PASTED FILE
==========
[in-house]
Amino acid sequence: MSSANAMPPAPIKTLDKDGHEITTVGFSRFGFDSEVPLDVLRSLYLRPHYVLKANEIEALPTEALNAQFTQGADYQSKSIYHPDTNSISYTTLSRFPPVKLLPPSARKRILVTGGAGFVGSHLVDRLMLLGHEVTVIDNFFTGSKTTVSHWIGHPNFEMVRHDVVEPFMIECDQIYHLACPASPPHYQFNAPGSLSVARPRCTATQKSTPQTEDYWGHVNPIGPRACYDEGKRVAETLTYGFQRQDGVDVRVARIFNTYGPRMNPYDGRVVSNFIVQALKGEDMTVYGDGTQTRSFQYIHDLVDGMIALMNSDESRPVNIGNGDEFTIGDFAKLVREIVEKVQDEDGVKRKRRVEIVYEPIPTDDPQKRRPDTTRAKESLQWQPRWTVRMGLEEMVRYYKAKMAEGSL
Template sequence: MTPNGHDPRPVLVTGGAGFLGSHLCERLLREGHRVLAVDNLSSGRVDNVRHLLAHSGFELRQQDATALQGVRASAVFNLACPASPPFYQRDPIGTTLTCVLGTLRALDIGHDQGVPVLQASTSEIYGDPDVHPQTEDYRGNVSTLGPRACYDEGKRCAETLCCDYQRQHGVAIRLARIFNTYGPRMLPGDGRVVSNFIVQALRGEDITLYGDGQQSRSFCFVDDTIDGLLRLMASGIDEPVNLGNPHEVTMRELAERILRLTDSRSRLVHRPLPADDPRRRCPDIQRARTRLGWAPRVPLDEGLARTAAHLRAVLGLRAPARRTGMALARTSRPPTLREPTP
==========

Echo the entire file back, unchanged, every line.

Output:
[in-house]
Amino acid sequence: MSSANAMPPAPIKTLDKDGHEITTVGFSRFGFDSEVPLDVLRSLYLRPHYVLKANEIEALPTEALNAQFTQGADYQSKSIYHPDTNSISYTTLSRFPPVKLLPPSARKRILVTGGAGFVGSHLVDRLMLLGHEVTVIDNFFTGSKTTVSHWIGHPNFEMVRHDVVEPFMIECDQIYHLACPASPPHYQFNAPGSLSVARPRCTATQKSTPQTEDYWGHVNPIGPRACYDEGKRVAETLTYGFQRQDGVDVRVARIFNTYGPRMNPYDGRVVSNFIVQALKGEDMTVYGDGTQTRSFQYIHDLVDGMIALMNSDESRPVNIGNGDEFTIGDFAKLVREIVEKVQDEDGVKRKRRVEIVYEPIPTDDPQKRRPDTTRAKESLQWQPRWTVRMGLEEMVRYYKAKMAEGSL
Template sequence: MTPNGHDPRPVLVTGGAGFLGSHLCERLLREGHRVLAVDNLSSGRVDNVRHLLAHSGFELRQQDATALQGVRASAVFNLACPASPPFYQRDPIGTTLTCVLGTLRALDIGHDQGVPVLQASTSEIYGDPDVHPQTEDYRGNVSTLGPRACYDEGKRCAETLCCDYQRQHGVAIRLARIFNTYGPRMLPGDGRVVSNFIVQALRGEDITLYGDGQQSRSFCFVDDTIDGLLRLMASGIDEPVNLGNPHEVTMRELAERILRLTDSRSRLVHRPLPADDPRRRCPDIQRARTRLGWAPRVPLDEGLARTAAHLRAVLGLRAPARRTGMALARTSRPPTLREPTP